The encyclical urges us to receive the results that the dialogues have produced to date. They have achieved a good deal—clearing away negative perceptions, drawing our attention to convergences never before recognized, and acknowledging the elements of authentic Christian faith in other Christian communities. Ut Unum Sint states, “Elements of sanctification and truth present in the other Christian communities…constitute the objective basis of the communion, albeit imperfect, which exists between them and the Catholic Church.”
The pope also said in the encyclical that “unity bestowed by the Holy Spirit does not merely consist in the gathering of people as a collection of individuals…”
“It is not a matter of adding together all the riches scattered throughout the various Christian communities in order to arrive at a Church which God has in mind for the future…” he said. “In the Pentecost event, God has already manifested the Church in her eschatological reality…. This reality is something already given. …Ecumenism is directed precisely to making the partial communion existing between Christians grow towards full communion in truth and charity?’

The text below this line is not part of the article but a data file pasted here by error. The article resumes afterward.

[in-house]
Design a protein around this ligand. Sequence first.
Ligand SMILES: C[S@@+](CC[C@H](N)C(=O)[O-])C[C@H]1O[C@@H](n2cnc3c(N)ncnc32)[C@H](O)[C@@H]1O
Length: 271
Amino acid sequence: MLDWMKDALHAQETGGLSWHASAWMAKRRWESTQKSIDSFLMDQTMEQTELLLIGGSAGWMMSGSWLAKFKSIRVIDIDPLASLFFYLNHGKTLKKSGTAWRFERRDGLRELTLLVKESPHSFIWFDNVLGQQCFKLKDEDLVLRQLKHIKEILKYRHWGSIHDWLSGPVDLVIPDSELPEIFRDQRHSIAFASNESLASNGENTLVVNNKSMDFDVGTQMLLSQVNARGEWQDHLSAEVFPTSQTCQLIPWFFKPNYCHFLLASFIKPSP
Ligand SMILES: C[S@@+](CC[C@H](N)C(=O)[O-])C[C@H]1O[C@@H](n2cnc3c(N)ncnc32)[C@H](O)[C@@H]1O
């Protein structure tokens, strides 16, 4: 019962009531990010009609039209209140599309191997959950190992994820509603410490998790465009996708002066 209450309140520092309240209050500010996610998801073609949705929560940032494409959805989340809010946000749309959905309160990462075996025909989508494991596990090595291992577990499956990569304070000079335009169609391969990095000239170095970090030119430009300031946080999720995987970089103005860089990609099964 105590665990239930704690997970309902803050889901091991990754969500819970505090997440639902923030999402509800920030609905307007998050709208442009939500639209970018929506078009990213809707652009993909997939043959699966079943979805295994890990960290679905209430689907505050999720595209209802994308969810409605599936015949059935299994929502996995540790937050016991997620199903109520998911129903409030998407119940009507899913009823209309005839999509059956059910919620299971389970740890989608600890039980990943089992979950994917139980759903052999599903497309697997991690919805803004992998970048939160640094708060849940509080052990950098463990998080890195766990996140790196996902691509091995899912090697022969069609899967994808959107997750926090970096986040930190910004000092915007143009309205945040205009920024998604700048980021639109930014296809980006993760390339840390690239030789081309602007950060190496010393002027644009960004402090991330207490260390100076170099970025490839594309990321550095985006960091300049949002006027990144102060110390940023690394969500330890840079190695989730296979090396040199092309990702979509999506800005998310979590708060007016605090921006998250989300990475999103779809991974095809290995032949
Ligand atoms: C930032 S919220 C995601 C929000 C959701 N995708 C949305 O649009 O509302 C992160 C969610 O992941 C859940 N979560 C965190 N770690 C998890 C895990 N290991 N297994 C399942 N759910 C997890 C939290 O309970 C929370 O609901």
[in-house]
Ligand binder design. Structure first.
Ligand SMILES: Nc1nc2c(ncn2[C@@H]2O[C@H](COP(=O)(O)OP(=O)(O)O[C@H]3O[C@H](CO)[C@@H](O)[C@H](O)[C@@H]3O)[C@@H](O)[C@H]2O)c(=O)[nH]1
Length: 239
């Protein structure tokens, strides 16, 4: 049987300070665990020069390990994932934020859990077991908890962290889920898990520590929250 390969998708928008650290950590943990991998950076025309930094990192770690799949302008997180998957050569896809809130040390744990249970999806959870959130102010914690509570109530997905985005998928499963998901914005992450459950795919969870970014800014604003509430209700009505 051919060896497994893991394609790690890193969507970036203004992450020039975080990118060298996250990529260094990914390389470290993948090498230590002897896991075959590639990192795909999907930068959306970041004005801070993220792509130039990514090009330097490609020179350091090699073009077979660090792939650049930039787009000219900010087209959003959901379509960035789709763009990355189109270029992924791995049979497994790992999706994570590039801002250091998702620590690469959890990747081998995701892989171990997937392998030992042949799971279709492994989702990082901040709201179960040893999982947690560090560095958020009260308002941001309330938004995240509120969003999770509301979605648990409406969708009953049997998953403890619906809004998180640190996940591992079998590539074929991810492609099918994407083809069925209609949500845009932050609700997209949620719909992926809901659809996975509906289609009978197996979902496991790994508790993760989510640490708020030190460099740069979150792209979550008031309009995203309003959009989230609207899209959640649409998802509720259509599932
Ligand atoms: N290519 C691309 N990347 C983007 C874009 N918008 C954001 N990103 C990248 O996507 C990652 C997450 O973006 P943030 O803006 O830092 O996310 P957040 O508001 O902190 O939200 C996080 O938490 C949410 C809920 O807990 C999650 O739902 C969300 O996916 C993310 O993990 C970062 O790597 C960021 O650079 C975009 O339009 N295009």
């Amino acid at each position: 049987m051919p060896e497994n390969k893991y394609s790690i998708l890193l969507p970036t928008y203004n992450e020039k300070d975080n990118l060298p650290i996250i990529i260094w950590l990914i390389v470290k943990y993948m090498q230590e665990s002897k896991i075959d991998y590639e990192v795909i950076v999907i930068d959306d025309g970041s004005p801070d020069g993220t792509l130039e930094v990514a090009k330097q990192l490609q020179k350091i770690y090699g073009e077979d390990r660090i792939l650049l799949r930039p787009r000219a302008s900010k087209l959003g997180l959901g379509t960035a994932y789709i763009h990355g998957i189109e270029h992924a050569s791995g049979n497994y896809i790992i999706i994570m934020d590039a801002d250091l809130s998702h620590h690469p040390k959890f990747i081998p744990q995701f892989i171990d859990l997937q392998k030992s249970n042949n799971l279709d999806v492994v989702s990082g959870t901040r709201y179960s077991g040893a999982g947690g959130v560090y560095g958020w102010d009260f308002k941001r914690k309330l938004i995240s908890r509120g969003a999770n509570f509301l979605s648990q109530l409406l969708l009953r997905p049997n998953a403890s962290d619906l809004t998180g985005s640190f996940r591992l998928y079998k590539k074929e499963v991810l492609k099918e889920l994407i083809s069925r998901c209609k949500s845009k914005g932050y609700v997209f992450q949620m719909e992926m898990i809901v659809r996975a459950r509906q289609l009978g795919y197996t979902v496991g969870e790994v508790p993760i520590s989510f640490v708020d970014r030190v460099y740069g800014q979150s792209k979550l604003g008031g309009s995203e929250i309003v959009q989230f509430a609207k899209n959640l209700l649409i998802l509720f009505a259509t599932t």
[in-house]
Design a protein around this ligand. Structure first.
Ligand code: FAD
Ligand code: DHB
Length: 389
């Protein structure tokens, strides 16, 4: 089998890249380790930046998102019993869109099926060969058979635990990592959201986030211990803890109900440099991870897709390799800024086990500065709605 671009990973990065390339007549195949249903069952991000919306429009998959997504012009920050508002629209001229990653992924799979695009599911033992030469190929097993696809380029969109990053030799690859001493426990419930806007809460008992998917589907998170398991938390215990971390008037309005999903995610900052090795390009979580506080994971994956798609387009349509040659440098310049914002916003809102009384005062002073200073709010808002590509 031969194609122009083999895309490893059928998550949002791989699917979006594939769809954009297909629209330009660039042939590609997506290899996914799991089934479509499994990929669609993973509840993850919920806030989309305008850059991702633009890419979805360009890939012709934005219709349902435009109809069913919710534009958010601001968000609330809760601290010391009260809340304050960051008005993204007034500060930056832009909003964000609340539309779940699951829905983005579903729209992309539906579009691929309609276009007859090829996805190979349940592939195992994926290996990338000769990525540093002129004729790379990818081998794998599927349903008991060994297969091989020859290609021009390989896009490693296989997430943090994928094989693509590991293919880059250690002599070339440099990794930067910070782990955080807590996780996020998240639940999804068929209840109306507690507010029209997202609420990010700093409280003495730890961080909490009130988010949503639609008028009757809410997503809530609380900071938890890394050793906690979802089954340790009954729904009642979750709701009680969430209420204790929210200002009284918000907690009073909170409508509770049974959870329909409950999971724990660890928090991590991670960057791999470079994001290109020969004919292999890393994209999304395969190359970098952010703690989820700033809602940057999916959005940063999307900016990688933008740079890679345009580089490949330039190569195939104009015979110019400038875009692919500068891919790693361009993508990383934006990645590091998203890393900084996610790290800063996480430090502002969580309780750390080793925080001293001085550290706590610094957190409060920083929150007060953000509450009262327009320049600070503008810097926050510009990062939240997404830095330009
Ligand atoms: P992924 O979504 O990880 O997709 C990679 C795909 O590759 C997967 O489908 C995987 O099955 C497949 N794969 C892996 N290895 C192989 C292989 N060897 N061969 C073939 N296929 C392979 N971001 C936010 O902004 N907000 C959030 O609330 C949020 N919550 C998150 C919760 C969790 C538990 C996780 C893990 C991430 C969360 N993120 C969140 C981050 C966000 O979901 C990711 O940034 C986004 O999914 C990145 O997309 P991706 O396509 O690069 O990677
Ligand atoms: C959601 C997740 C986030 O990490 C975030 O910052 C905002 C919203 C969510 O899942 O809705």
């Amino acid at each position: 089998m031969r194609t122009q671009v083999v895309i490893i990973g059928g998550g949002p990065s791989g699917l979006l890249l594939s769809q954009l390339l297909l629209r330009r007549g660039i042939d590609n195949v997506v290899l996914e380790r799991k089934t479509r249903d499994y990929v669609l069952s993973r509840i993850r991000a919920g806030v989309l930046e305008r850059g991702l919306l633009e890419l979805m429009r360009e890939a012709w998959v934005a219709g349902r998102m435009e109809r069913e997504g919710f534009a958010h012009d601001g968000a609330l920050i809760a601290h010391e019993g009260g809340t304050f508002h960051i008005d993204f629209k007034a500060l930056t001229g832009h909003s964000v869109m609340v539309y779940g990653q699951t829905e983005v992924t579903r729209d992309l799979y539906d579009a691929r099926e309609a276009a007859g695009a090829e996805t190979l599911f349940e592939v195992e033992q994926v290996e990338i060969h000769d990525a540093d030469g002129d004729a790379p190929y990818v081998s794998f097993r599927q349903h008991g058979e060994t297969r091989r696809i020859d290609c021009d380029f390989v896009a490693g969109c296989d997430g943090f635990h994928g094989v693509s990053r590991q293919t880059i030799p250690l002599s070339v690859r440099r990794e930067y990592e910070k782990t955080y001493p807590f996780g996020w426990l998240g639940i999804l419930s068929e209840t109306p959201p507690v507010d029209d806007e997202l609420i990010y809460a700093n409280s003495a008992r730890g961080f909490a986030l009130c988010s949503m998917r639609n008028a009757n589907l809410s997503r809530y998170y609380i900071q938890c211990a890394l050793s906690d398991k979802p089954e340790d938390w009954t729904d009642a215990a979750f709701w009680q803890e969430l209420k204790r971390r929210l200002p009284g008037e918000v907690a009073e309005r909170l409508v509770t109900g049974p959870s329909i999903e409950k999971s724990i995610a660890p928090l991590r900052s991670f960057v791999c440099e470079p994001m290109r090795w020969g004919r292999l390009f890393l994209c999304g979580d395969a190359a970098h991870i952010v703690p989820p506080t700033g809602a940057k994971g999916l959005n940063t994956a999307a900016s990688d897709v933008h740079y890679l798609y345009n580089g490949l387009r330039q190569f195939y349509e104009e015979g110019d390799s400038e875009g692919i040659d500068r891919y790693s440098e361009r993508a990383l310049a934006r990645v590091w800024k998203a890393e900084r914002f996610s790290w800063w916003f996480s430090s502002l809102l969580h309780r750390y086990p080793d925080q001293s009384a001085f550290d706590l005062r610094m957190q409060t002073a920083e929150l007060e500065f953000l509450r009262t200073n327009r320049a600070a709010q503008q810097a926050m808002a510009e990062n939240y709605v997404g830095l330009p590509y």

Suppose that we were to make the eschatological reality of the Church—the full communion in truth and charity for which we long—operative in actual experiments in the new evangelization. Suppose that Lutherans and Catholics or Anglicans and Catholics attempted joint efforts in evangelization. What forms might such evangelization take—not just in terms of strategy but in proclaiming the Gospel? Rather than thinking about how to resolve our doctrinal differences, let us ask ourselves what Gospel we would preach if we applied a maximalist rather than a minimalist standard to the full content of revealed truth.
The evangelical challenge to renewed ecumenical commitment is that we would understand our goal to be the affirmation of the entire content of revealed truth encompassing a wide range of formulations. Under this understanding, dogmas are intended to permit as Many—not as few—expressions as are compatible with the truth in matters of faith and morals, “precisely with a view to proclaiming the gospel to men and women of every people and nation.”